Travel Journal: Nicaragua

Nicaragua is a beautiful country with amazing scenery and friendly people. The protests and political turmoil which occurred in spring/summer 2018 have had a hugely negative impact on the tourism industry in Nicaragua. We felt safe during our time in Nicaragua and would like to encourage other traveler’s to visit. Use normal safety precautions and we’re sure you’ll have a great time!

The border crossing into Nicaragua is an adventure (especially after having already crossed one border in the same day – Honduras), however, compared to several other travelers we met at the border we seemed to have made really good time. We have determined that the typical border crossing in Central America takes 3 hours (with a dog and vehicle) and we were close to this average entering Nicaragua from Honduras. Some of the people we talked to at the border had spent five or more hours waiting for paperwork or trying to find the correct building or person in order obtain the vehicle import permit. This is why we call border crossings border puzzles!

After our double border crossing (which consisted of approximately 6 hours of border crossing time) we stopped at a truck stop near the Honduras and Nicaragua border. Here we met a group of extremely friendly truck drivers who gave us recommendations for places to see in Nicaragua, and even let us know the best types of beer in Central America. This was a great place to stop for the night after the border despite the hot weather (a fan is a critical piece of equipment when camping in Central America). It was 40°C when we arrived at the truck stop! In the morning we drove to the coastal town of Jiquilillo which is a beautiful small town right on the beach. On our way to this town we drove through the city of Chinandega to get groceries and a SIM card. While we were there someone noticed our website name written on our truck and sent us an extremely kind message on our blog welcoming us to Nicaragua and thanked us for visiting (again we really recommend visiting!).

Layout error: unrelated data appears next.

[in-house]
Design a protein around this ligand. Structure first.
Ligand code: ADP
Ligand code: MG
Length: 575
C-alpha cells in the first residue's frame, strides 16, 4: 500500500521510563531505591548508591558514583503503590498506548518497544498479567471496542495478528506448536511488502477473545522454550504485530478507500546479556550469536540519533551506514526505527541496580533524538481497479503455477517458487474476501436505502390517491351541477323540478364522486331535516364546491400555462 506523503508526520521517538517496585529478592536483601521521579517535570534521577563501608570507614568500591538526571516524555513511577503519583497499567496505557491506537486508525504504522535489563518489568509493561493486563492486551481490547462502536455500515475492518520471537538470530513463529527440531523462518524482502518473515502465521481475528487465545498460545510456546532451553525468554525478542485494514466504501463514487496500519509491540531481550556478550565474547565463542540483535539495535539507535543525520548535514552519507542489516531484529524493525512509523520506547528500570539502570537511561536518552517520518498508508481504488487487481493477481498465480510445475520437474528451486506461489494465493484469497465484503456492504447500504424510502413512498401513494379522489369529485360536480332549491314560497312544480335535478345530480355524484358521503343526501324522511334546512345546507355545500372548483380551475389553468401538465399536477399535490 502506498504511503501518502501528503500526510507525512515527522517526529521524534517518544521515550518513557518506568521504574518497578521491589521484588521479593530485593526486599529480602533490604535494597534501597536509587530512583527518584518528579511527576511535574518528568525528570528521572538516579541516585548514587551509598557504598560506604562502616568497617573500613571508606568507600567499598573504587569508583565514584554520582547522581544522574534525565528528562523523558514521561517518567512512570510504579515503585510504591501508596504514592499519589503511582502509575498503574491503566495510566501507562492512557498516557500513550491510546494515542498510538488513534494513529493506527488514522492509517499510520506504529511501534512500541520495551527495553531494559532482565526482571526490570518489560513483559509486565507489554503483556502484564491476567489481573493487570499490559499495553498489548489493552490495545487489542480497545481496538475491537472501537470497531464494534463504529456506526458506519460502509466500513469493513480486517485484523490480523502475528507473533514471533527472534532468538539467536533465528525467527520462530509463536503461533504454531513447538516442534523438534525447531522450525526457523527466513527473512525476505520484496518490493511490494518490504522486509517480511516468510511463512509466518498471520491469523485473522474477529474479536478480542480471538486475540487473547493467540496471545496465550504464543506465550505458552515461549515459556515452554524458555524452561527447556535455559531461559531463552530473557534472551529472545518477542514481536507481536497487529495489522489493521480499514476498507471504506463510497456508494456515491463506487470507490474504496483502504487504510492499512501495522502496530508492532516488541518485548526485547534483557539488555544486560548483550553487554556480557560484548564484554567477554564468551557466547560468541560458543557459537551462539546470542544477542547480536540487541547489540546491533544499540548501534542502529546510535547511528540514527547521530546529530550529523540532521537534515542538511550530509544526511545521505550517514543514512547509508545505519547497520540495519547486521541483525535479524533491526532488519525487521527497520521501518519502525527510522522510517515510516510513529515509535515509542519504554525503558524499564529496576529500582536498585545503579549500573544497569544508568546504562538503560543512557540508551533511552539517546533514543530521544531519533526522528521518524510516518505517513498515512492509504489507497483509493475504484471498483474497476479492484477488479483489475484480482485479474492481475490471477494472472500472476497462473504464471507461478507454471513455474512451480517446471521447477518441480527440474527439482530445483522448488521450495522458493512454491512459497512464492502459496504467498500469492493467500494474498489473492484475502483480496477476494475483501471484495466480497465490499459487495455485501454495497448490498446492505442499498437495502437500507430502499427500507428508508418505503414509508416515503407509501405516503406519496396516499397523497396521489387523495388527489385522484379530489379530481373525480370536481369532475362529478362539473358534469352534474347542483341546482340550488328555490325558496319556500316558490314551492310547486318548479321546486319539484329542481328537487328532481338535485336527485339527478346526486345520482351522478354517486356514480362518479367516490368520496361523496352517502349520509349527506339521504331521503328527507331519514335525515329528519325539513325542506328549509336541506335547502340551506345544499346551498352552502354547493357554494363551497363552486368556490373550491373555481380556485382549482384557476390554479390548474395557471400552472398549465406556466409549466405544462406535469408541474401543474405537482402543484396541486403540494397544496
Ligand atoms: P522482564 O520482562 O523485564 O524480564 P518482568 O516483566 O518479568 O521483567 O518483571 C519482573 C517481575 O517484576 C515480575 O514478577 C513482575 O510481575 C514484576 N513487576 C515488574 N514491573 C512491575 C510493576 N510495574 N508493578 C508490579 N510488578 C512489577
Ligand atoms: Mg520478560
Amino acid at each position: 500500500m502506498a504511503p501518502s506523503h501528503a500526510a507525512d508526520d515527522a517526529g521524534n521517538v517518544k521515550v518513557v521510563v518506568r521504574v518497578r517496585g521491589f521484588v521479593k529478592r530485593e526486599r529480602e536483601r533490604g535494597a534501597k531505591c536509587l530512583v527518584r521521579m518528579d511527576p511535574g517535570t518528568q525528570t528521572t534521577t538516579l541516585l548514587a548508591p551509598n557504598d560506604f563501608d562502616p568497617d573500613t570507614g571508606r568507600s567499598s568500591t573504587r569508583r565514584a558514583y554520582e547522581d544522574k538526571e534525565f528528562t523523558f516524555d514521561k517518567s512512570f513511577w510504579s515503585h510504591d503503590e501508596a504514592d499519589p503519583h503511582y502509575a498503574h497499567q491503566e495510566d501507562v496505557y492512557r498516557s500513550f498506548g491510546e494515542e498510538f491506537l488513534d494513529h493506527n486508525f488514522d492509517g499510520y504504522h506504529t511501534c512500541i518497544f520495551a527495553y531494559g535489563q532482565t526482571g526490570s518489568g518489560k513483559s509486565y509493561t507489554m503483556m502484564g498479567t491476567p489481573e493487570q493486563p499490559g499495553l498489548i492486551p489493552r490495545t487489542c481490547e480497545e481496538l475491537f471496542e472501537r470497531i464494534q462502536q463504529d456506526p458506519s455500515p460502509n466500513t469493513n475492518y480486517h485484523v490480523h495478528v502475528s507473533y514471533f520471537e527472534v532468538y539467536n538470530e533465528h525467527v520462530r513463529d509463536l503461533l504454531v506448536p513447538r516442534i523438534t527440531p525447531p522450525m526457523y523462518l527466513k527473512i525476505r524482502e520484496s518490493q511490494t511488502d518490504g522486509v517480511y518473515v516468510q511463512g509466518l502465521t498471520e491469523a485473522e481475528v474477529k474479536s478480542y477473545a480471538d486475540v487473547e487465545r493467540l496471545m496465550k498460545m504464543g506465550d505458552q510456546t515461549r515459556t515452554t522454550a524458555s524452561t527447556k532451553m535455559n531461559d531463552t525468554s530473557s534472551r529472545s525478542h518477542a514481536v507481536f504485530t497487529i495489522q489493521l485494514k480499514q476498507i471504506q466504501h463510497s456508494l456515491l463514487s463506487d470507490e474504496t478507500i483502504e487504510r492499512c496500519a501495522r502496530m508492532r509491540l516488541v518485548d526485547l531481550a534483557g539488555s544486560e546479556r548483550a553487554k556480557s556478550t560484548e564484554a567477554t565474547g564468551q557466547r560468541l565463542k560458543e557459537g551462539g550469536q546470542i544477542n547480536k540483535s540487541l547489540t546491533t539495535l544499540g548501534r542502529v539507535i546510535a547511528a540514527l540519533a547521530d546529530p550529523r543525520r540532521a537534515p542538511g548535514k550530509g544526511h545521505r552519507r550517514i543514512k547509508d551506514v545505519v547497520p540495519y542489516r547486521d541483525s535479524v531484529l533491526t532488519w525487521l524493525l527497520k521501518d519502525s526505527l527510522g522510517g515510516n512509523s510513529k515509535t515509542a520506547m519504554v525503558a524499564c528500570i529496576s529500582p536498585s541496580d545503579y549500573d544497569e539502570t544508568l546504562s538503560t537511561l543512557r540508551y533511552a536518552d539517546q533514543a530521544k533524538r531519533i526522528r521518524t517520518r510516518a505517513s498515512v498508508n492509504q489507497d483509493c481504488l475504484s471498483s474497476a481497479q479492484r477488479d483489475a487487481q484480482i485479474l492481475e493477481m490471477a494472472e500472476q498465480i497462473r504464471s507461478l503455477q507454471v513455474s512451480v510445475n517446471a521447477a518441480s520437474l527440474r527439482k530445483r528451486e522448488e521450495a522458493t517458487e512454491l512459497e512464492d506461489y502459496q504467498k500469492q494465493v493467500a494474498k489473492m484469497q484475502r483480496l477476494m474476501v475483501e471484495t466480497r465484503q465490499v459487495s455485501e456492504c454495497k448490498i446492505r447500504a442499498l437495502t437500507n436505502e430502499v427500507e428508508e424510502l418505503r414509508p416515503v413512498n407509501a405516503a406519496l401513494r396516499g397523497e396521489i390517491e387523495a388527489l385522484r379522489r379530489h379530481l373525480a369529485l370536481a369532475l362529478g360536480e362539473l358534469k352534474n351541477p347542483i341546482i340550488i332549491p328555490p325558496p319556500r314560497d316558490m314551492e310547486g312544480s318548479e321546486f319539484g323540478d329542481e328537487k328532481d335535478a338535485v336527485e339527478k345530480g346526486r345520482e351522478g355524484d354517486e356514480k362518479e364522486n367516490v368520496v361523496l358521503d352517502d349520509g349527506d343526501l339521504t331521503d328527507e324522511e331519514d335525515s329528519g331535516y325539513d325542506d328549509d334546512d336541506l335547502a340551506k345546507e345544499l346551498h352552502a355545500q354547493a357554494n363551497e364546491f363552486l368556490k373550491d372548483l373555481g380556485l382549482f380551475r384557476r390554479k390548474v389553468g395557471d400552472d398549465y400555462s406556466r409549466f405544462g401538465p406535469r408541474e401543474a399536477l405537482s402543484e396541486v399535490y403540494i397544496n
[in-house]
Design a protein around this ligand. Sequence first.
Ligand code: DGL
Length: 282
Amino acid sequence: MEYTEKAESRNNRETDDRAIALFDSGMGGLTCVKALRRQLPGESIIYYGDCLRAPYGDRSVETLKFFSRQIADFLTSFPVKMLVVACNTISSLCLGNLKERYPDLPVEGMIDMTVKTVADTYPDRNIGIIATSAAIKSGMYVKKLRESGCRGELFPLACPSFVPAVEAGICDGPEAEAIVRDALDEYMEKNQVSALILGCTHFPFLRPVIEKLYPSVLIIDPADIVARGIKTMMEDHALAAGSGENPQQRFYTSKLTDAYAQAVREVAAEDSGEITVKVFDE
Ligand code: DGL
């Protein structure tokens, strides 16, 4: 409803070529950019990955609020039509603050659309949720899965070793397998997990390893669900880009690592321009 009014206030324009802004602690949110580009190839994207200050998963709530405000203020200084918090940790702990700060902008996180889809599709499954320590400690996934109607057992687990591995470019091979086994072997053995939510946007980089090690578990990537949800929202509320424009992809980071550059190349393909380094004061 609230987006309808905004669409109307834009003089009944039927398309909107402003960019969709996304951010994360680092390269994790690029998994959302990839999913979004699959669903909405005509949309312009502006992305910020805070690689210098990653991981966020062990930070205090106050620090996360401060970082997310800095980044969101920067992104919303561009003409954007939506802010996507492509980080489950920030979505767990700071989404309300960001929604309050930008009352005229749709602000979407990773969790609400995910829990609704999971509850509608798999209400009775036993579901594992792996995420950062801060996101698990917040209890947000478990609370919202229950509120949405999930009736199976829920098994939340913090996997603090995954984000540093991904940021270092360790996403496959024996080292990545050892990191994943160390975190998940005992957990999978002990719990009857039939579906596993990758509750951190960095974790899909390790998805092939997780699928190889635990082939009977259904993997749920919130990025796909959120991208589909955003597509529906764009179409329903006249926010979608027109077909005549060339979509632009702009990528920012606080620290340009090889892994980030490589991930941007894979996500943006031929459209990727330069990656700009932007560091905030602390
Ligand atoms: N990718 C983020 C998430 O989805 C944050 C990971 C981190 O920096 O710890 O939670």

In Jiquilillo we camped several nights at a hostel in town and surfed with some of our friends we met in El Salvador. At this point of our trip (El Salvador included) we were experiencing prime surfing conditions on the coast and all Mitchell wanted to do was spend time in the ocean. However, we were meeting Brenna’s parents shortly and had also signed up for Spanish school so we needed to move on. The Spanish school we signed up for was at Casa Elisa in Las Peñitas, Nicaragua (another beautiful, slightly larger, town on the beach). Big shout out to our Spanish teacher and all the staff at Casa Elisa (including the two house dogs who looked after Roo). If you want to take Spanish lessons we highly recommend Casa Elisa! We took lessons for the week and camped at the school. This was a great week filled with surfing, Spanish lessons, and even some homework. If you are looking to learn Spanish (and go on a vacation) this is a great place to go! The surfing in Las Peñitas is good, but be aware of sting rays. Mitchell was surfing with some friends and one of them got stung and had to head to the local clinic.